There has to be "a cultural shift" in attitudes to learning if problems of adult literacy and numeracy are to be tackled effectively, the Lifelong Learning Minister declared last week.
Speaking at an adult literacy conference in Renfrew, Wendy Alexander said that only one in six of 800,000 adult Scots with the lowest literacy levels is dissatisfied with their skills, while one in five recognise that it limits their job prospects.
"That 16 per cent may seem extraordinary to some," Ms Alexander said, "but it points to the scale of the challenge we face."
Ms Alexander, currently studying the report from the adult literacy team set up by ministers last year, acknowledged that even the pound;22.5 million the Executive has committed to tackling illiteracy and innumeracy will not solve all the problems. She said it was the start of a programme of "investment in people and in national prosperity" lasting at least 10 years.
The Executive's drive was praised by an American academic who spoke at the conference organised by Reid Kerr College. Professor Donald Leu of Connecticut University said he was "jealous of Scotland", adding: "At least your Government has identified literacy as a critical problem and is willing to invest in it. It is a very special opportunity."
Professor Leu, whose discipline is literacy and technology, said any programme of adult education must include "the new literacies of the Internet". Otherwise "we will simply be preparing adults for the literacies f our past".
Ms Alexander agreed that the drive on adult literacy and numeracy must include access to information technologies which she described as "the new essential basic skills alongside literacy and numeracy".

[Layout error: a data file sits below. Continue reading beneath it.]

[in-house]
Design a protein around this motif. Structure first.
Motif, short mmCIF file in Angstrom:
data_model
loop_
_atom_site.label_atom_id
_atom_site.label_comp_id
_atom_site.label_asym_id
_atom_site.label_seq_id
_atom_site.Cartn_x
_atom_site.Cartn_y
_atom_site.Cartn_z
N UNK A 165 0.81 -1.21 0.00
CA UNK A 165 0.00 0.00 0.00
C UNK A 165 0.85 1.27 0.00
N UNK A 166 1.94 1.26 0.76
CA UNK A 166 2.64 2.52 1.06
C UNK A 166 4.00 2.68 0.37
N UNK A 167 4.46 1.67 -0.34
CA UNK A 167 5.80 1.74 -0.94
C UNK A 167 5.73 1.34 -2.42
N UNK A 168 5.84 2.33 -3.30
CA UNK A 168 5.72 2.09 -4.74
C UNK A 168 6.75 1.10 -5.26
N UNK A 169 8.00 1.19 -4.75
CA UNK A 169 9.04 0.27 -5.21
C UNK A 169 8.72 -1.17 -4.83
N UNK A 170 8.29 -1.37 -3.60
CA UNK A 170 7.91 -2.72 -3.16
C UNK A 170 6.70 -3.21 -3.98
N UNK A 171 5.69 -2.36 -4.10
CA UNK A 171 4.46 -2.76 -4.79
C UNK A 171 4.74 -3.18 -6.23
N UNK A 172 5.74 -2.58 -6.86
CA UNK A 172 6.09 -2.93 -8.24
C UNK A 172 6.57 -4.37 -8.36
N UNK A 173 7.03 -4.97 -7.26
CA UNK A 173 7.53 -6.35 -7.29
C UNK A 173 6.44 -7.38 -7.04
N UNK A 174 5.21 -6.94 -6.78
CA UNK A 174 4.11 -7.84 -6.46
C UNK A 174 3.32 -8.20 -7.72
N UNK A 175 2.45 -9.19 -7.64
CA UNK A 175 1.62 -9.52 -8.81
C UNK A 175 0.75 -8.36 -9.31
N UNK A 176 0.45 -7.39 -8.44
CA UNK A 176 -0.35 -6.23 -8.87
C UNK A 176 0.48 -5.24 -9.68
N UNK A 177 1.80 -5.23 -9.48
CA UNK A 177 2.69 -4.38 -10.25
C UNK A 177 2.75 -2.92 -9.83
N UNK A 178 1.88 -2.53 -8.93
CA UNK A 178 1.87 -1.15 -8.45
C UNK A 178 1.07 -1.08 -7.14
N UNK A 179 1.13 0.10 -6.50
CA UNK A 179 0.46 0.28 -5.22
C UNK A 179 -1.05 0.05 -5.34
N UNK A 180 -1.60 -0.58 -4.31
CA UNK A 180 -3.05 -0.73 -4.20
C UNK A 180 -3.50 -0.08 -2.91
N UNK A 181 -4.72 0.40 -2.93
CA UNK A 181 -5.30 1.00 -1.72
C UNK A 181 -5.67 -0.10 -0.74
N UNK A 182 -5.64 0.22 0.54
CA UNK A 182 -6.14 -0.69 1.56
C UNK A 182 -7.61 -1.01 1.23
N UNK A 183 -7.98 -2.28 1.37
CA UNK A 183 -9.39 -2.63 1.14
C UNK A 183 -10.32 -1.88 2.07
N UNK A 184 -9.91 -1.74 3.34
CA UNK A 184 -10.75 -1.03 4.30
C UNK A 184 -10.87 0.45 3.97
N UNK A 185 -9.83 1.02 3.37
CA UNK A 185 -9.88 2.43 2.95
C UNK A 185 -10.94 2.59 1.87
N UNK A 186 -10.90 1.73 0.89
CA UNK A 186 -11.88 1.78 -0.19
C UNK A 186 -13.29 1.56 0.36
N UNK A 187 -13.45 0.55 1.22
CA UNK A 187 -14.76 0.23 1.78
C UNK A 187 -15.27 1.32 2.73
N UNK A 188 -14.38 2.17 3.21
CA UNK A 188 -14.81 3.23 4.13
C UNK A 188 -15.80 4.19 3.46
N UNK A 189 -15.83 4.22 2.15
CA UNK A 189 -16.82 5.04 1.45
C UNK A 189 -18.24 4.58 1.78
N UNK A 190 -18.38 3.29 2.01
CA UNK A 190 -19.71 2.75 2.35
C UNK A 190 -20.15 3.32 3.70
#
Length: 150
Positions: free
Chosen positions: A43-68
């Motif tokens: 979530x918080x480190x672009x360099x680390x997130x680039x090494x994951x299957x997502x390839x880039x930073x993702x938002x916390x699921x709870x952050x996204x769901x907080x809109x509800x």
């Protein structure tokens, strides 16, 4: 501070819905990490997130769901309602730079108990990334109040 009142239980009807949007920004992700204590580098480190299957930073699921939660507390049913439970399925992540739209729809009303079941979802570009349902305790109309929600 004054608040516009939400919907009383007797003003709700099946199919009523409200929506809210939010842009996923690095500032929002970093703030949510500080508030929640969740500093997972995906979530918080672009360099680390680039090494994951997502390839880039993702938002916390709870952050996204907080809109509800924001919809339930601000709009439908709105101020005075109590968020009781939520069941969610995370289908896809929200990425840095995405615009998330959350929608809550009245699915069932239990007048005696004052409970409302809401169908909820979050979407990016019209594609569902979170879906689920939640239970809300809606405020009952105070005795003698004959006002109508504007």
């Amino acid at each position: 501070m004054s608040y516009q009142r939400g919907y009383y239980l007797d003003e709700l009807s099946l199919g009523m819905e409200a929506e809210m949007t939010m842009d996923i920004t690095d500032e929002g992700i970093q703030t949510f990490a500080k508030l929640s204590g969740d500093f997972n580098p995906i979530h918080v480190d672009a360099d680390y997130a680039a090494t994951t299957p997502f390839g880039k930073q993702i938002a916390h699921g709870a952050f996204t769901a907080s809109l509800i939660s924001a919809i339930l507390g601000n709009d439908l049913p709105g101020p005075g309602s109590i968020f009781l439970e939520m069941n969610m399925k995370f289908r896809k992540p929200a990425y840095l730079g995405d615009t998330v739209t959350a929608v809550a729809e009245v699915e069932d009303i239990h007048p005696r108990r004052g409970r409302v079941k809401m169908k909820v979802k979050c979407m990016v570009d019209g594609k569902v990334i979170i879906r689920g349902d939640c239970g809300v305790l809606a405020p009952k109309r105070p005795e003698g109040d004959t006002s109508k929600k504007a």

Learning how to learn was as important as literacy skills themselves, Professor Leu said. Adults must be hooked by informational texts not works of fiction, and there had to be creative models of learning such as Internet-based projects and workplace simulations.
Such factors made it vital to invest in adult literacy tutors, Professor Leu said. Ms Alexander supported that emphasis and pointed to Scotland's training project for local practitioners working in literacy and numeracy, which had received a "hugely encouraging" response.
Ann Jakeman, director of organisational learning at the Bank of Scotland, suggested business had not been good at acknowledging employees' literacy and numeracy requirements.
Mrs Jakeman, who is on the board of the Scottish University for Industry, warned: "You can't just throw learning at people." There had to be a supportive environment both in the workplace and in learning centres. Of 60,000 learning opportunities on the University for Industry's database, 125 are in adult literacy.
Inez Bailey, director of the National Adult Literacy Agency in Ireland, said those with literacy problems have other needs. Success would not be achieved simply by referring people to a literacy service.
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